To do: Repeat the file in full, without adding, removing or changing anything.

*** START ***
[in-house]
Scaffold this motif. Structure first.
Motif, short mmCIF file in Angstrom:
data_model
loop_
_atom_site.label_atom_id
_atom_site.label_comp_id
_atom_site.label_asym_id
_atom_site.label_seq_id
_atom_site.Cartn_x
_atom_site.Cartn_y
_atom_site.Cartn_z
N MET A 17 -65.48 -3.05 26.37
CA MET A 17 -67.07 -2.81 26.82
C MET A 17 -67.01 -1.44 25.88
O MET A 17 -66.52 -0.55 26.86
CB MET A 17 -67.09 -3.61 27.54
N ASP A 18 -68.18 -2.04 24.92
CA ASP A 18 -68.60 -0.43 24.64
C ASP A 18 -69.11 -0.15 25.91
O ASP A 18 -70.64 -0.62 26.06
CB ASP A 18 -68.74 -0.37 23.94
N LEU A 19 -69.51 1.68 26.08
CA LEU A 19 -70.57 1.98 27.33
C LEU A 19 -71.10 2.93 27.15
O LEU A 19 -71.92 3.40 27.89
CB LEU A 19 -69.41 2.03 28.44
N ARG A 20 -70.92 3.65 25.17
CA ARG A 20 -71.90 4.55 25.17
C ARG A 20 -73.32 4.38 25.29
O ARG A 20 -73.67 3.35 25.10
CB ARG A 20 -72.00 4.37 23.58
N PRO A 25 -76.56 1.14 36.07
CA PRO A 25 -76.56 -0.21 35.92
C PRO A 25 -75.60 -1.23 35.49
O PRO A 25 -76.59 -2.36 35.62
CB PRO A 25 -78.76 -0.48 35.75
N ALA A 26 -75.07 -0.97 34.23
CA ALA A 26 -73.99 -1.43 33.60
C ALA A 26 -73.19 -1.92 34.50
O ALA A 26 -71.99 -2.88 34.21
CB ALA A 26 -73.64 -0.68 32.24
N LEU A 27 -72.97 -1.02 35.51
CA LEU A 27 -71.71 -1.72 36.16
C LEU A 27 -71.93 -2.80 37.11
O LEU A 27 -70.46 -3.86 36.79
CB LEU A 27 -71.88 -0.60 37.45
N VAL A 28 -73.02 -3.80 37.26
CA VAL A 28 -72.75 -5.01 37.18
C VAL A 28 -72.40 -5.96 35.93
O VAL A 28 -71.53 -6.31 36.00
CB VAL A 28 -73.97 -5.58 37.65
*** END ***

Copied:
[in-house]
Scaffold this motif. Structure first.
Motif, short mmCIF file in Angstrom:
data_model
loop_
_atom_site.label_atom_id
_atom_site.label_comp_id
_atom_site.label_asym_id
_atom_site.label_seq_id
_atom_site.Cartn_x
_atom_site.Cartn_y
_atom_site.Cartn_z
N MET A 17 -65.48 -3.05 26.37
CA MET A 17 -67.07 -2.81 26.82
C MET A 17 -67.01 -1.44 25.88
O MET A 17 -66.52 -0.55 26.86
CB MET A 17 -67.09 -3.61 27.54
N ASP A 18 -68.18 -2.04 24.92
CA ASP A 18 -68.60 -0.43 24.64
C ASP A 18 -69.11 -0.15 25.91
O ASP A 18 -70.64 -0.62 26.06
CB ASP A 18 -68.74 -0.37 23.94
N LEU A 19 -69.51 1.68 26.08
CA LEU A 19 -70.57 1.98 27.33
C LEU A 19 -71.10 2.93 27.15
O LEU A 19 -71.92 3.40 27.89
CB LEU A 19 -69.41 2.03 28.44
N ARG A 20 -70.92 3.65 25.17
CA ARG A 20 -71.90 4.55 25.17
C ARG A 20 -73.32 4.38 25.29
O ARG A 20 -73.67 3.35 25.10
CB ARG A 20 -72.00 4.37 23.58
N PRO A 25 -76.56 1.14 36.07
CA PRO A 25 -76.56 -0.21 35.92
C PRO A 25 -75.60 -1.23 35.49
O PRO A 25 -76.59 -2.36 35.62
CB PRO A 25 -78.76 -0.48 35.75
N ALA A 26 -75.07 -0.97 34.23
CA ALA A 26 -73.99 -1.43 33.60
C ALA A 26 -73.19 -1.92 34.50
O ALA A 26 -71.99 -2.88 34.21
CB ALA A 26 -73.64 -0.68 32.24
N LEU A 27 -72.97 -1.02 35.51
CA LEU A 27 -71.71 -1.72 36.16
C LEU A 27 -71.93 -2.80 37.11
O LEU A 27 -70.46 -3.86 36.79
CB LEU A 27 -71.88 -0.60 37.45
N VAL A 28 -73.02 -3.80 37.26
CA VAL A 28 -72.75 -5.01 37.18
C VAL A 28 -72.40 -5.96 35.93
O VAL A 28 -71.53 -6.31 36.00
CB VAL A 28 -73.97 -5.58 37.65